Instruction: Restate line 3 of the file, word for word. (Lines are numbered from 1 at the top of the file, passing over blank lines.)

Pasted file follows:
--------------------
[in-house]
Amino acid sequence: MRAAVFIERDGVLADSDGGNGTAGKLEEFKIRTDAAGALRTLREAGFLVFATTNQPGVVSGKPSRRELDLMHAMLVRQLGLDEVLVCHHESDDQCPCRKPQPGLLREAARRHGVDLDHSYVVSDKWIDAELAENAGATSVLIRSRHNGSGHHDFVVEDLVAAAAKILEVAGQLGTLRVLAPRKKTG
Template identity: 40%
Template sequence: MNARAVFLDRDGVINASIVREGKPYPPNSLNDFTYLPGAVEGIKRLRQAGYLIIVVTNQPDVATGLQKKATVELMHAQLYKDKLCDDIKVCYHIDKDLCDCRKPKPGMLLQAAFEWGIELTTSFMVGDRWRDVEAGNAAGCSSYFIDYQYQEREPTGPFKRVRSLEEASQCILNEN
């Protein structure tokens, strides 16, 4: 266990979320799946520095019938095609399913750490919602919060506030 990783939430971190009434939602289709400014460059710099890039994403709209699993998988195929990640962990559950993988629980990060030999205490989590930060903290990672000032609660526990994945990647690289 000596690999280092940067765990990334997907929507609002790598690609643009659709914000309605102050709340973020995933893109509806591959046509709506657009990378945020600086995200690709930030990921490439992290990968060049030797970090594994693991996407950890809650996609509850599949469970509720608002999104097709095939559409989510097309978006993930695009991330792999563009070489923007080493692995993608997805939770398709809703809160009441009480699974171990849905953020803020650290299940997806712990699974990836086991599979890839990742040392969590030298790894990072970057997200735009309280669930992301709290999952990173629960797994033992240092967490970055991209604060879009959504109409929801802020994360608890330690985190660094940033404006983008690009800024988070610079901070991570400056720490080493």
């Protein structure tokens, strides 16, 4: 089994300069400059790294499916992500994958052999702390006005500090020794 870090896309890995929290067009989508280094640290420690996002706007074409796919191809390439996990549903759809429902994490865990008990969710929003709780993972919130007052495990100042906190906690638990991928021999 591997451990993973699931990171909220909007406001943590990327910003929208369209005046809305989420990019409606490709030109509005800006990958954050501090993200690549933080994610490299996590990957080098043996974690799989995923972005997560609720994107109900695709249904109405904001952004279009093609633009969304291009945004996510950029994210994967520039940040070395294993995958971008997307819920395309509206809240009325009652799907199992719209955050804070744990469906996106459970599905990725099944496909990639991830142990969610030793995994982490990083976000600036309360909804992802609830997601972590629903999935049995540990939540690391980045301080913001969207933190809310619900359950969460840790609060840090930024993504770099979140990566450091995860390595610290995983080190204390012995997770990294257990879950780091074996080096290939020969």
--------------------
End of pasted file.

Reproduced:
Template identity: 40%